Day-By-Day, Work Stuff

Wednesday: It’s Been One Year??

It didn’t dawn on me until the day was half over …


For you long-time readers, can you freaking believe this??? It’s already been one year since I started in the healthcare field.

That just boggles my mind. And even though I’m going to leave healthcare at some point in the near future … I’m not sure I thought I’d last a whole year. The first few months were rough – REALLY ROUGH. Like I would go-home-and-cry rough. There was SO much to learn. Not only was I learning about the industry, and all the terminology and acronyms, and policies and HIPPA rules, etc., but I was scrambling to learn brand new software and terrified I was going to schedule the wrong patient with the wrong doctor (check), or a wrong test (check) or forget to put them on the Imaging schedule for a test (check) … it was nerve wracking.

It didn’t help that I had no help – AT ALL. There was virtually no training. I watched my office manager for maybe – maybe – two days before she said, “Okay, you’re on your own. Just jump in, that’s the best way to learn.”

Now granted, I’m a fast learner, but COME ON, I’m human and I was completely lost for several weeks. Slowly, I started getting the hang of it and I must say, looking back on the experience one year later, my office manager is the worst office manager on the face of the earth. She openly despises her job and she in no way ever, EVER offers to help anyone out.

It’s really quite sad, if you want the truth. She’s an alpha female (which technically, I guess you could say I am too, but I’m also a smart alpha female and I’m aggressive in more effective ways – heh) and she likes to feel like she’s in control of everything. So … she doesn’t teach anyone anything so you have no choice but to rely on her.

Meh. Whatever. She can sit on her throne and feel self-important – I could give a monkey’s butt.

So yeah, I’ve been there for one year now and it never ceases to amaze me how people refuse to take responsibility for their health. I had one lady I was trying to set physical therapy up for and she whined and fought me every step of the way. She kept complaining how she couldn’t afford it and yes, I realize it’s expensive, but this is your health we’re talking about – I’d say that’s a good investment, wouldn’t you? I’ve moved past the point where I allow people to bully me. That happened a few times when I first started, but I quickly got over that and now I know when to stick to my guns and when to compromise. I stuck to my guns with this woman and after a while, she laid her head down and mumbled, “I just want an injection.”

Yeah. I thought so.

And that, ladies and gentlemen, is the crux of it. People want a quick fix. They want an injection. They want a pill. They want surgery. They want the solution that requires the least amount of work from them possible. It annoys me to no end when people act this way. Or. They get upset with the doctor because he didn’t immediately suggest surgery.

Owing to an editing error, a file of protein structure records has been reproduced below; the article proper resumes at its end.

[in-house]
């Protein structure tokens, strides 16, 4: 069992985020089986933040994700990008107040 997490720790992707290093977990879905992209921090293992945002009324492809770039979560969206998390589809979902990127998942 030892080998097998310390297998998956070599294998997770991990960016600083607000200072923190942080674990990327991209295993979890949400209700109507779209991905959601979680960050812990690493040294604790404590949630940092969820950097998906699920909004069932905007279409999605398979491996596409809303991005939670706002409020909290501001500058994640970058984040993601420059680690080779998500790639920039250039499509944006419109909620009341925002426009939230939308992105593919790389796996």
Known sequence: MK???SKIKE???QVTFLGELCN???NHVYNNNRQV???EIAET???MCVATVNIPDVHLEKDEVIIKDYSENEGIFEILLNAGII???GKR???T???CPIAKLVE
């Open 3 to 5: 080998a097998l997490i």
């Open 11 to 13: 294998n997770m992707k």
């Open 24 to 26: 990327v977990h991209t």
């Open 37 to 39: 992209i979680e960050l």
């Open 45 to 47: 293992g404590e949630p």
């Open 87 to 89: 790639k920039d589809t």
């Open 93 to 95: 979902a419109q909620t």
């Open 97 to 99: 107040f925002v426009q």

First – contrary to popular belief – surgery should be the LAST option, not the first option. Our doctors put patients through physical therapy, injections and pain management programs in an effort to see if any of these conservative treatments will work. Secondly, the doctors prescribe conservative treatment because insurance companies will not pay for surgery if the patient hasn’t at least TRIED conservative treatment … and you can see why. If we all skipped conservative treatment, insurance companies would go broke paying for everyone’s surgeries.

It’s also frustrating to try and explain to patients that they are not surgical. Our doctors are neurosurgeons – if they determine they can’t help a patient, that that patient is not surgical, then we have to refer them to a pain management doctor or back to their primary care physician (PCP) because we can not help them. Patients simply do not understand, or accept, the fact that our doctors can’t help them. i know they pin all of their hopes on our specialists being able to fix them, to help them get past their pain and if surgery is ruled out, they are left feeling hopeless, scared and frustrated because now what? The quick fix is no longer an option and CRAP, they are going to have to start taking responsibility and make lifestyle changes – exercise, lose weight (which is about 85% of the problem, if you want the truth), stretching, etc. …

It’s really hard to NOT lose patience with people sometimes. Most of the time, I’m pretty sympathtic, even empathetic because my back goes out sometimes and I get it – I GET IT. But there are some patients that you can’t just get through to … and it gets so bad, our doctors refuse to see them back for whatever reasons.

And trust me when I say, you really don’t want to get to a point where your doctor “fires” you and yes, that happens more than you think.

So the next time you go to the doctor and he/she prescribes conservative treatment remember three things:

1. He/she is trying to avoid an invasive procedure.
2. Insurance companies demand conservative treatment options first
3. It’s a process of elimination and if the doctor can rule out certain possibilities, then he/she can come make a more accurate diagnosis.

And the ultimate goal is to feel better, right?